Number Four – Jason Thompson
After Stargell’s reign of terror over National League pitchers came to an end in 1979, Jason Thompson was the next player to take over the reigns at first base. This is Thompson did with the Bucs in 1981.
Thompson had been an established player before coming to the Pittsburgh Pirates. The slugger had made two All-Star Games, had a 120 OPS+ and hit at least 20 long balls in each of the previous four seasons with the Detroit Tigers and California Angels before making his way to Pittsburgh.
Thompson’s tenure with Pittsburgh got off to a blazing hot start. In a strike-shortened 1981 season, Thompson batted .242/.396/.502 with 15 home runs, 13 doubles and a 150 OPS+/155 wRC+ in 285 plate appearances. Thompson followed that up with another great season in 1982 when he hit .284/.391/.511 with 31 long balls and 32 doubles, all accumulating to a 147 OPS+ and 152 wRC+.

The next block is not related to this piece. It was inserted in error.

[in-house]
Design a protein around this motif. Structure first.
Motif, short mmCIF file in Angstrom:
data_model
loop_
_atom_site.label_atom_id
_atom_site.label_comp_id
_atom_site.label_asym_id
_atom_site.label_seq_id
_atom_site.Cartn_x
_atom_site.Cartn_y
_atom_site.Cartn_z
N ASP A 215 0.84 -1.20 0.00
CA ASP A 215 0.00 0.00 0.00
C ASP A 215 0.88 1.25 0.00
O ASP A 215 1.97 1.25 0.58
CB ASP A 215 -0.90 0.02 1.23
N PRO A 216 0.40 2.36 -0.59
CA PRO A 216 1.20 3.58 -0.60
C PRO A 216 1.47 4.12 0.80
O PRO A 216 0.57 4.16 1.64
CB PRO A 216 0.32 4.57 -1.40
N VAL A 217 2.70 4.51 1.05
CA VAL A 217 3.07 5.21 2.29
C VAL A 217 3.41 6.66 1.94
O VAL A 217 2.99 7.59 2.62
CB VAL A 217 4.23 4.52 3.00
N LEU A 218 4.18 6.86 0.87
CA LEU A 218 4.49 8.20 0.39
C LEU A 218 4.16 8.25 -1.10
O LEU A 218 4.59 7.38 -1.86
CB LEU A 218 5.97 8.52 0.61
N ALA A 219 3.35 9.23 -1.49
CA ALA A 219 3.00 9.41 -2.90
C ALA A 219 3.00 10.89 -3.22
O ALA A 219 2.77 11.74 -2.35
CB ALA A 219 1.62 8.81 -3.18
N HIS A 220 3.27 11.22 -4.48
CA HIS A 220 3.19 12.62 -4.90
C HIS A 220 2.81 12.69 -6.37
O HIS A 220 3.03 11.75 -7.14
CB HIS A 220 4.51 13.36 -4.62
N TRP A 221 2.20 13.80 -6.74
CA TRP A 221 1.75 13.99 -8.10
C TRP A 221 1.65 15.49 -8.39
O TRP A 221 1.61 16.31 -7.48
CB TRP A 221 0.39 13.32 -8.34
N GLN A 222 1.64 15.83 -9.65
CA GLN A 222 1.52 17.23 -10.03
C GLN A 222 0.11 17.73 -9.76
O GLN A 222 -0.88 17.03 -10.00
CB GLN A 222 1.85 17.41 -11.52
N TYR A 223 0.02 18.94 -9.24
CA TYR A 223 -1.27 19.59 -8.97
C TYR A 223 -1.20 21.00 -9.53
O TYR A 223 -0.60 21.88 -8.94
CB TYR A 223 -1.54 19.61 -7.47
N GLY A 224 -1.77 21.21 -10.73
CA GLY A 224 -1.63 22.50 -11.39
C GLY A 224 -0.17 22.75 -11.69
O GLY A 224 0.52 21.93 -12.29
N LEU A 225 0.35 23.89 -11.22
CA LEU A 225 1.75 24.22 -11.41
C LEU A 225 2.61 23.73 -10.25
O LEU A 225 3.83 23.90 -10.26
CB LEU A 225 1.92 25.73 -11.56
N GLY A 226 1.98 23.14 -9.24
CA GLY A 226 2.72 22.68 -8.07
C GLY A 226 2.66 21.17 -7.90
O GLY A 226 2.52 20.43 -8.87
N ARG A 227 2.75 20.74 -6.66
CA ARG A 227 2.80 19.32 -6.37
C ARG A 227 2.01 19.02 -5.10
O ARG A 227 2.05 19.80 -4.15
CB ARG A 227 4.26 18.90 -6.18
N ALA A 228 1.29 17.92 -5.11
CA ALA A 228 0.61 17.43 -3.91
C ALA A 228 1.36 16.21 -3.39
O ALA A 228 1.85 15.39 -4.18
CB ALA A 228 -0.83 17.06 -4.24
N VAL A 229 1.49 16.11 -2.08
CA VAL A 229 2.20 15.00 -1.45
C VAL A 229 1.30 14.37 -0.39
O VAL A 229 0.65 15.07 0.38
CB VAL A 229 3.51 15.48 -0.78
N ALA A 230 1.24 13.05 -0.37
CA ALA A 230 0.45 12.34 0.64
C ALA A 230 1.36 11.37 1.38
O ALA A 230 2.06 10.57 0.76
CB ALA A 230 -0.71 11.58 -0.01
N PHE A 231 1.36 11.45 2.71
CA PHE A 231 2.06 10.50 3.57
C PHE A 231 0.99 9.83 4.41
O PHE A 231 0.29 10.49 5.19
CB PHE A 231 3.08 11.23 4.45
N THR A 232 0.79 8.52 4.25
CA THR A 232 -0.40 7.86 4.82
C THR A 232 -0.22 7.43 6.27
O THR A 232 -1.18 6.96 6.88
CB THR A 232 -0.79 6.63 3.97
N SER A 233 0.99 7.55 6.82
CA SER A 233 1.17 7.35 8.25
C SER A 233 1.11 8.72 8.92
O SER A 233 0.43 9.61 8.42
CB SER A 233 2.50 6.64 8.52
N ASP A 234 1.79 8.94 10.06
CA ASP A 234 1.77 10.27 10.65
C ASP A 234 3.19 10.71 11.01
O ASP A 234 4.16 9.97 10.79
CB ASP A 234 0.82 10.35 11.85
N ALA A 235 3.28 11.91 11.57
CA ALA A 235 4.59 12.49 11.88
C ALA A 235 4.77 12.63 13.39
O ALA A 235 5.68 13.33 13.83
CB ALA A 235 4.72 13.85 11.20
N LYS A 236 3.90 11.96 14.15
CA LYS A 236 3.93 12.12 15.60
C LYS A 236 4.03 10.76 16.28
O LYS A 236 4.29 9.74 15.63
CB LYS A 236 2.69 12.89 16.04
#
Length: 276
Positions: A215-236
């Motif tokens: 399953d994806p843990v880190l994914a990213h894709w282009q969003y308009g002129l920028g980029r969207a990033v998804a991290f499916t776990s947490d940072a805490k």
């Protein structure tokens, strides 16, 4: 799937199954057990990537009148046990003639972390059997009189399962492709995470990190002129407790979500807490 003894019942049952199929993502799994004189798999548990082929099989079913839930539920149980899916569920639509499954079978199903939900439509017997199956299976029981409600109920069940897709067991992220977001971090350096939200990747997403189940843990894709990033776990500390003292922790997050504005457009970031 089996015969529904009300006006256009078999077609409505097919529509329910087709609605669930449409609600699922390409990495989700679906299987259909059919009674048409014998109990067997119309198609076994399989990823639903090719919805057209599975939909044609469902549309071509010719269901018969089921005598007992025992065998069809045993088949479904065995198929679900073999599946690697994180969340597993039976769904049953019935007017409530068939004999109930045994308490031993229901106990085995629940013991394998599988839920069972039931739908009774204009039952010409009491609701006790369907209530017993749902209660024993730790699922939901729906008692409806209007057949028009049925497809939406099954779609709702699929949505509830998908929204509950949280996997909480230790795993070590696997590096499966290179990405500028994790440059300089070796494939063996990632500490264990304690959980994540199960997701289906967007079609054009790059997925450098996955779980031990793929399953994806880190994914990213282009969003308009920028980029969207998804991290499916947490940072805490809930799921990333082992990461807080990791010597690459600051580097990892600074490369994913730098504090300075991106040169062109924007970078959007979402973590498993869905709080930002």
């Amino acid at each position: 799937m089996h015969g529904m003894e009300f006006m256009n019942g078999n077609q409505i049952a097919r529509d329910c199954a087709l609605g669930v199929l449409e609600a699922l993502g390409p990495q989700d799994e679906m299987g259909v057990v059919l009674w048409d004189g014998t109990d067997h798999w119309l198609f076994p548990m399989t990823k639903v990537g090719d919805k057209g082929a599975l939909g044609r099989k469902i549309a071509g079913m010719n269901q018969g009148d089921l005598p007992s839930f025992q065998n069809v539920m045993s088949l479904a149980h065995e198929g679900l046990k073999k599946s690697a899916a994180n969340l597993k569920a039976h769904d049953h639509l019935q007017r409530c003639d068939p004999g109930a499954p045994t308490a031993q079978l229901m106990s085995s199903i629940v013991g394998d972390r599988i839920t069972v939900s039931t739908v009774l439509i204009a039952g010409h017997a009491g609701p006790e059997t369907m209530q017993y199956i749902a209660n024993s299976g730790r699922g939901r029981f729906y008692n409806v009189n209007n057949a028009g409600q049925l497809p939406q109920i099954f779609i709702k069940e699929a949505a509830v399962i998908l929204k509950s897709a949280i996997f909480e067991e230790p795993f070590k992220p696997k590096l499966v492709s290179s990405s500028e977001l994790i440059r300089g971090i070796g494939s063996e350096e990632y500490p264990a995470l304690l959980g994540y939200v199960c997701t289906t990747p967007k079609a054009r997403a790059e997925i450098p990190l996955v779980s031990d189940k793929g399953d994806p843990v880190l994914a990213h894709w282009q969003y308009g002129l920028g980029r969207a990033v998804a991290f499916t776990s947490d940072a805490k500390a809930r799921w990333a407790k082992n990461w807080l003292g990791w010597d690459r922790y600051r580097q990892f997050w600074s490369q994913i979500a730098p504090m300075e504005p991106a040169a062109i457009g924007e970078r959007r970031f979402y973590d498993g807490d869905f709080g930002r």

Although he wouldn’t reach those heights again with the Pittsburgh Pirates, he was still an above average batter with a 112 OPS+ from 1983 to 1985. Overall in his Pirates’ tenure, Thompson had a .259/.375/.432 line with a 125 OPS+ and 127 wRC+. His wRC+ ranks 2nd among all Pirates’ first basemen. His on-base percentage also ranks second among all Pirate first basemen, as well as hit walk rate (15.9%).
Defensively, Thompson was not great in the field with -21 total zone runs and a -6.1 dWAR. Regardless, his offense was very good during his time in Pittsburgh, and that places him here at number four.